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Turkey Elections: Erdogan Wins 2nd Term text.npr.org

Submitted by sudo in News

President Recep Tayyip Erdogan won a second five-year term on Sunday in an election granting the Turkish leader unprecedented executive powers.

Addressing supporters from the Justice and Development Party, or AKP, headquarters in the nation's capital hours after his victory, Erdogan claimed Turkey's 81 million residents were the winners of the hotly contested election, state run media Anadolu reported.

"Winners of June 24 elections are Turkey, Turkish nation, sufferers of our region and all oppressed in the world," he said to cheering crowds, adding that the country "will look at its future with so much more trust than it did this morning."

Erdogan also claimed the AKP, and its allied Nationalist Movement Party, the MHP, had retained their control of parliament.

Early Monday morning, the Supreme Election Council announced Erdogan received the absolute majority in the presidential election with 53 percent of votes after 97.7 percent of ballots had been counted.

The win allowed Erdogan to escape a runoff against his closest rival, Muharrem Ince, who posed the greatest threat to ending Erdogan's 15-year political dominance.

Ince, a former teacher-turned-lawmaker with the Republican People's Party, the main secular party known as the CHP, garnered 31 percent of votes, according to election officials. As of Monday morning he had not conceded the election and urged election observers not to leave ballot boxes.

The election council will announce final results on Friday.

Erdogan's victory ensures he'll stay in office for 20 years — until 2023 — and ushers in a powerful new executive presidency that eliminates the prime minister's role. The current prime minister, Binali Yildirim, said he expects he'll be appointed vice president.

The expanded authority of the office is the result of constitutional changes narrowly approved in a referendum last year, which will afford Erdogan autonomy to directly appoint top public officials. He'll also have the ability to rule by decree, intervene in the country's legal system and dissolve parliament.

Additionally, as NPR's Peter Kenyon reported, the new system grants Erdogan the possibility of running for a third term "should parliament call snap elections in his final term."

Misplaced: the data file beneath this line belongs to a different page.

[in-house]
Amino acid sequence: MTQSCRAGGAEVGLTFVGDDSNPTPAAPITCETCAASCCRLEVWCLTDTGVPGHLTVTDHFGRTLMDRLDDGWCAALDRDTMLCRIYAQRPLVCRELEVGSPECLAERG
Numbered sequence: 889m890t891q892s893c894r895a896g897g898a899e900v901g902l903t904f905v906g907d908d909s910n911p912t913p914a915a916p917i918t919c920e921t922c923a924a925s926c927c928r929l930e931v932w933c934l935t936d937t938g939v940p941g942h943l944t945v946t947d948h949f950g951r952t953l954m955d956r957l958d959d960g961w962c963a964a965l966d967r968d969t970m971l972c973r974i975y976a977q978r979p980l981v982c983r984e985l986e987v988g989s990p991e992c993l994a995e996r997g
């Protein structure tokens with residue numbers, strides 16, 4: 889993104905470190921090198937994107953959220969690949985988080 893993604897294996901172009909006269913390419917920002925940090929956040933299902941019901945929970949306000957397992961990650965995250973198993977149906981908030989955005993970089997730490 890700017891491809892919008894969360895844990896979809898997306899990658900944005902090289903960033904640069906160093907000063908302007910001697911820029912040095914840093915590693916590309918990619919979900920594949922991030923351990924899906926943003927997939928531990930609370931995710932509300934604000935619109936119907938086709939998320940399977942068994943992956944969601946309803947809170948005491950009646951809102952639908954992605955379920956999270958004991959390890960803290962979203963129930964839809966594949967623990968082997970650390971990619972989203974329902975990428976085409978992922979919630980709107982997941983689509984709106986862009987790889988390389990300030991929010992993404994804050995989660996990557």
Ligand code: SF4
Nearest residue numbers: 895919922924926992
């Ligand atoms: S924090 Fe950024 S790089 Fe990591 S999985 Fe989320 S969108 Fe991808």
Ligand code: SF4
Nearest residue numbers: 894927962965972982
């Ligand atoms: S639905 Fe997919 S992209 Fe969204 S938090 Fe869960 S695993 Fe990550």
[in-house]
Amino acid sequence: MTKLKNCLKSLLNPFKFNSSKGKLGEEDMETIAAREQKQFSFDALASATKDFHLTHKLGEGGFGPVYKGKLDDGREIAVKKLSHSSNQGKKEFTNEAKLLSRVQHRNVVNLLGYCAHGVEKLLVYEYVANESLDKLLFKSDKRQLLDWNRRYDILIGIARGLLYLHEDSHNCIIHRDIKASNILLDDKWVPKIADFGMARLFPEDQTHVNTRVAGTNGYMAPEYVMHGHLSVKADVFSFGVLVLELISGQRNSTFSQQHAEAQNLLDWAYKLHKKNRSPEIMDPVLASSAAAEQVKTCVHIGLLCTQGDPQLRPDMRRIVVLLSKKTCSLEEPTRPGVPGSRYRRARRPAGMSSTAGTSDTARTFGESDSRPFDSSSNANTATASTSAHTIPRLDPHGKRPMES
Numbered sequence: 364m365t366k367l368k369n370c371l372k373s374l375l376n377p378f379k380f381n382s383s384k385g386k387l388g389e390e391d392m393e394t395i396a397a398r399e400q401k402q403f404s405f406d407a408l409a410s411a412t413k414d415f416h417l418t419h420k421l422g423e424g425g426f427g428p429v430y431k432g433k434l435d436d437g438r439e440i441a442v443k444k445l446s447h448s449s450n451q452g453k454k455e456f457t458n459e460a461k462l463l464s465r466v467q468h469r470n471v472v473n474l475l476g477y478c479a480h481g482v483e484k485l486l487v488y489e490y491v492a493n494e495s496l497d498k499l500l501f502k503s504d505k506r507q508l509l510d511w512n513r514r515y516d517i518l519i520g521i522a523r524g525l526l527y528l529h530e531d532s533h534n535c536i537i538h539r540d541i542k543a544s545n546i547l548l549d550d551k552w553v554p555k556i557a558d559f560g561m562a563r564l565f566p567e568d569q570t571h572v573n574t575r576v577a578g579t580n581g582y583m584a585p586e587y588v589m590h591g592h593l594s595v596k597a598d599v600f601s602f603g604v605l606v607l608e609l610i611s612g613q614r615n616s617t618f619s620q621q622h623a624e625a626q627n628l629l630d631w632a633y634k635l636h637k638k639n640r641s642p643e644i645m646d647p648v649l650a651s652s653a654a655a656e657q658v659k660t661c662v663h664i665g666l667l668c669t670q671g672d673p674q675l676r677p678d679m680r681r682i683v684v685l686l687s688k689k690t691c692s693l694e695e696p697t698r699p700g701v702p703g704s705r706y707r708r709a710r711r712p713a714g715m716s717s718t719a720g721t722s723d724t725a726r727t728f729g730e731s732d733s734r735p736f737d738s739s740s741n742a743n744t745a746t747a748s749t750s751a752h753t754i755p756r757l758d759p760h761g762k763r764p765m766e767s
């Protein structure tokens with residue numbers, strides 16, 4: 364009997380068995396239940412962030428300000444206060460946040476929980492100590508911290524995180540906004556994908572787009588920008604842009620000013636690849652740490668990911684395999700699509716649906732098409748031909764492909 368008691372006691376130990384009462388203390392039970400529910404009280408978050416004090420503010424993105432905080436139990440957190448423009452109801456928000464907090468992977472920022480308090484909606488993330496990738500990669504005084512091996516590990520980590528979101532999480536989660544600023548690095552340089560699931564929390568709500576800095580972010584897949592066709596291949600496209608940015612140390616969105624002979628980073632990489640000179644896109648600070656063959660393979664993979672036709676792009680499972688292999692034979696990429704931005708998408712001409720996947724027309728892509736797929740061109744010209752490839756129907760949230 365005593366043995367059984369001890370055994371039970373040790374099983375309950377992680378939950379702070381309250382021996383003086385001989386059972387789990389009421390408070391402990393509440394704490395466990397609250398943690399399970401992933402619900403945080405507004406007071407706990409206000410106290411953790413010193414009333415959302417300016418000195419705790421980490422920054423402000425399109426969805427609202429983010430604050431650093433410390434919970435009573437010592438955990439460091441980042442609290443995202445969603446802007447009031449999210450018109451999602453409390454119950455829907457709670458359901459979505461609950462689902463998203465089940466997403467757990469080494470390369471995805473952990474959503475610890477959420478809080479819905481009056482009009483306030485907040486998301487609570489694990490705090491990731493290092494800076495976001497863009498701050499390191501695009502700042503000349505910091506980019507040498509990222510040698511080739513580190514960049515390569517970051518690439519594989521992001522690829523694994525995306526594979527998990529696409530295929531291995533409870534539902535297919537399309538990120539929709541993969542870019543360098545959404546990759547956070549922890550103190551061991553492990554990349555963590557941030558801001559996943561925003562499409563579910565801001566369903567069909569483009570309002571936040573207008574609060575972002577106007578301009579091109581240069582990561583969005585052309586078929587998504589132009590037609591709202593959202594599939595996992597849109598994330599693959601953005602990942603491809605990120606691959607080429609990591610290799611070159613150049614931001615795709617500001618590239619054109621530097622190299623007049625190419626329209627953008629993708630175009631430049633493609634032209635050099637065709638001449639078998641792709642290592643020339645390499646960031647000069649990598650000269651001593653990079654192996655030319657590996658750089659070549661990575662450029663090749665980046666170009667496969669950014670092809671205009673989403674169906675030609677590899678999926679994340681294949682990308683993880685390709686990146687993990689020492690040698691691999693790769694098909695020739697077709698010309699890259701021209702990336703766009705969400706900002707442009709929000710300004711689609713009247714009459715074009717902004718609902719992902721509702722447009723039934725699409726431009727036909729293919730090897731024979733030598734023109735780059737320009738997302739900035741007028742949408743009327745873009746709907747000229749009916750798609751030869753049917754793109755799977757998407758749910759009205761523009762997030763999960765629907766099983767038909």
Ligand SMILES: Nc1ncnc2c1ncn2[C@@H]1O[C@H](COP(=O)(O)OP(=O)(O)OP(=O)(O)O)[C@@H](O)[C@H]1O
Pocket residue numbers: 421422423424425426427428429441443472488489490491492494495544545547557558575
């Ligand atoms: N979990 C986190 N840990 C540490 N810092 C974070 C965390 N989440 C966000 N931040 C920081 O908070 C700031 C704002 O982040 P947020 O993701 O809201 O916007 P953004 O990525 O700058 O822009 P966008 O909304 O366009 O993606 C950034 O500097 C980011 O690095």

The AKP says the changes are intended to make Erdogan's government more efficient and workable while he enacts rapid reforms that are fundamental to his agenda. Critics say it is a blatant power grab and pushes Turkey closer to authoritarian rule.

Sunday's elections were supposed to be held in 2019, but Erdogan moved them forward by more than a year.

Throughout his presidency, Erdogan has reintroduced Islamic conservatism to civic institutions in a quest to forge a "pious generation." After a failed coup in 2016, tens of thousands of people were arrested and about 150,000 public servants and soldiers were fired from their jobs.

One of his primary campaign promises was to lift a state of emergency he imposed following the coup attempt.

"Starting from tomorrow, we will be in a rush trying to deliver on promises that we have made to our nation," he said Monday during the early morning victory speech.

He promised to confront terrorist groups and liberate Syrian lands so that refugees could safely return to their homelands.

Comments

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6

retiredshared2 wrote

This was hardly an election, its a joke to say he 'won'.

5

theblackcat wrote

  1. put all your opponents in prison

  2. stuff the shit out of the ballot boxes anyway

  3. democracy

4

ziq wrote

He also has complete control of the media.

Even foreign media like Al Jazeera somehow. That channel is putting out "it's the will of the people" in all their coverage.

2

atomkarinca wrote

The problem with politics in Turkey is not Erdoğan, it's the conditions that makes him irreplacable.

AKP -Erdoğan's party- is a political movement that has its roots in the Ottoman Empire. The now so-called center right has always been the leading political movement in Turkey. It was DP in the 50s, AP in the 60s, MSP in the 70s, ANAP in the 80s, RP in the 90s and finally AKP in the 00s and 10s.

For people outside of Turkey, the political movements in the Turkey are roughly the following:

  • Center right: always has a religious tone, more "relaxed" in workers' rights. (~%30 of the population)
  • Center left: always has a secular tone, more "tight" in workers' rights. (~%30 of the population)
  • Far right v1: based on religious values, roots for the good old Ottoman days where religion was the only source of law. (~%20 of the population)
  • Far right v2: based on racial values, roots for the good old Ancient Turkic days where "horse/woman/gun" was the only source of law, the main source of mafia in Turkey. (~%10 of the population)
  • Far left: based on "leftist" values, the main source of "terrorists" in Turkey. (~%10 of the population)

At first glance it's not very far fetched to beat Erdoğan. But the thing is, center left has a very crooked view of politics. The most valued thing for them is Atatürk, and they think the country borders, the flag etc. are sacred. The Gezi Movement went to shit because of them. They have helped right-wing governments destroy every single aspect of workers' rights and then went "boo the right-wing governtments!".

The clash of center right and center left is what's eating Turkey from inside. Until the center left evolves into something meaningful for our time, we will never ever be a society. For the time being I can only comfort myself that there is still a leftist party in the congress (HDP) but they only have 67 congressmen out of 400.

2

rot wrote

He promised to confront terrorist groups and liberate Syrian lands so that refugees could safely return to their homelands.

[X] Doubt